The Indian IT service provider said it would increase its US workforce by 10,000 over the next two years and would open four technology hubs.
The company’s new US hubs will focus on emerging technologies, such as artificial intelligence (AI), cloud and big data. The first hub will open in August in Indiana in and is expected to have 2,000 employees by 2021.
“Infosys is committed to hiring 10,000 American technology workers over the next two years to help invent and deliver the digital futures for our clients in the US,” said Infosys CEO Vishal Sikka. “Learning and education, along with cultivating top local and global talent, have always been at the core of what Infosys brings to clients – it is what makes us a leader in times of great change.”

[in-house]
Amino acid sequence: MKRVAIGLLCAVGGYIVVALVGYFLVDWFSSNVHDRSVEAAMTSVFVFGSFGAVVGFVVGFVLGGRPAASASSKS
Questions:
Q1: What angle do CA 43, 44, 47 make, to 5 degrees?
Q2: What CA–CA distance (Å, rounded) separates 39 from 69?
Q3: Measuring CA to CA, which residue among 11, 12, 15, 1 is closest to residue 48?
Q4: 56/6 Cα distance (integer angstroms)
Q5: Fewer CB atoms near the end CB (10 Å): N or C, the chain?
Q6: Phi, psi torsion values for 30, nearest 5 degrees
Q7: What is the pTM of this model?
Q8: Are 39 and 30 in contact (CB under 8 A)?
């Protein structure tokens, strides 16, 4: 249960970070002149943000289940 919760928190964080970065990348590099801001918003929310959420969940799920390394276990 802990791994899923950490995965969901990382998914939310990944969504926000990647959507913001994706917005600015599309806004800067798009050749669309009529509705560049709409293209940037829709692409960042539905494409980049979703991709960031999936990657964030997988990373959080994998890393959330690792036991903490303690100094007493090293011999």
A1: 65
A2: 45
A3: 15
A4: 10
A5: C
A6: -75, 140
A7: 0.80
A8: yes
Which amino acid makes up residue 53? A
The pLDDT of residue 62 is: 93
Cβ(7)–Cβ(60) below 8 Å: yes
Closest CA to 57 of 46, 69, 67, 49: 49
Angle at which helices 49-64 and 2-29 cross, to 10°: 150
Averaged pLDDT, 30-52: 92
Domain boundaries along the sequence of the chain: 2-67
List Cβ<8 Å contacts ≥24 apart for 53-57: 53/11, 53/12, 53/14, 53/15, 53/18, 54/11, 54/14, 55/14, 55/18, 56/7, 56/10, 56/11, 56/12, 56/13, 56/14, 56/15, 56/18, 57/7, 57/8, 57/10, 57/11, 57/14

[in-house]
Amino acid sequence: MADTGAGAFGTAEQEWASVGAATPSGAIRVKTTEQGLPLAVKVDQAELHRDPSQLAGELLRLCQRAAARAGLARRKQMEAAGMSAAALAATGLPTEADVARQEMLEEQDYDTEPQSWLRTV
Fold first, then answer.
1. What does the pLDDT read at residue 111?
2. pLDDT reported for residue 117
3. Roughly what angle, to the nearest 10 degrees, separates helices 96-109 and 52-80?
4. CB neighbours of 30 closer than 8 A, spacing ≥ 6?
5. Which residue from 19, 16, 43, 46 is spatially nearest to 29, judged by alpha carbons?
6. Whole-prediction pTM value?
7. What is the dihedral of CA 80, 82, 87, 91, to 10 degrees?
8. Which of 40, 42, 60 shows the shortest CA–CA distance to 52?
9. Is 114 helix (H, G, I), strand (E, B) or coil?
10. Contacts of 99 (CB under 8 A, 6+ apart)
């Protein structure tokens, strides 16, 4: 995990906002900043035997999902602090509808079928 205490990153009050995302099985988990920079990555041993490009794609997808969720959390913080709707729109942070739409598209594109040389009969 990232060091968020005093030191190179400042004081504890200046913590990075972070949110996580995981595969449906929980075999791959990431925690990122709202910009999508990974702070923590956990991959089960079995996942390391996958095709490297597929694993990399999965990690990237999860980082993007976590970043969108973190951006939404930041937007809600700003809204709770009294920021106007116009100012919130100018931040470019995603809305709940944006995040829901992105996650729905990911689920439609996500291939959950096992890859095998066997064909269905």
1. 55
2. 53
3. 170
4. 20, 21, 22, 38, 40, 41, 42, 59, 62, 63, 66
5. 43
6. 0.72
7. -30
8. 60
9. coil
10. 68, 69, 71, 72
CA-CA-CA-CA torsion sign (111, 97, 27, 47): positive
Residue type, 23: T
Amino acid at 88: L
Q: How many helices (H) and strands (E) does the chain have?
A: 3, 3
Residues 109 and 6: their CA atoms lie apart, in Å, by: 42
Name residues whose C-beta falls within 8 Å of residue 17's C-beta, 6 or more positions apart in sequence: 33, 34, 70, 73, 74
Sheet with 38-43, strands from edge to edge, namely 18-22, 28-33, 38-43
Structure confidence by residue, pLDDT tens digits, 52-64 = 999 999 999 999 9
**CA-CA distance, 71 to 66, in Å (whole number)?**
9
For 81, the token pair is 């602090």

In 2013, Infosys agreed to pay $35m to settle a visa dispute with US authorities, involving alleged abuse of visa requirements when offshore staff are brought to the US.
And Infosys is not alone. Earlier this year, Accenture said it would create 15,000 highly skilled jobs in the US. Although it is a US company, about 130,000 of Accenture’s 400,000-strong global workforce are in India, and many of them serve US clients.
The company’s new investment and job creation will reduce its reliance on this overseas workforce. The new jobs will increase its US workforce to more than 65,000 by the end of 2020 – a 30% increase on today’s staff numbers.
Although Accenture and Infosys did not cite political pressure as a reason for their plans, there is pressure on these companies to toe the line drawn by Trump because a large proportion of their customers are US-based.
A recent executive order from Trump will see US government agencies look at ways to reduce the number of immigrant workers in the country, including reducing the use of H-1B visas. This is part of Trump’s election campaign promise to encourage US employers to hire more US citizens.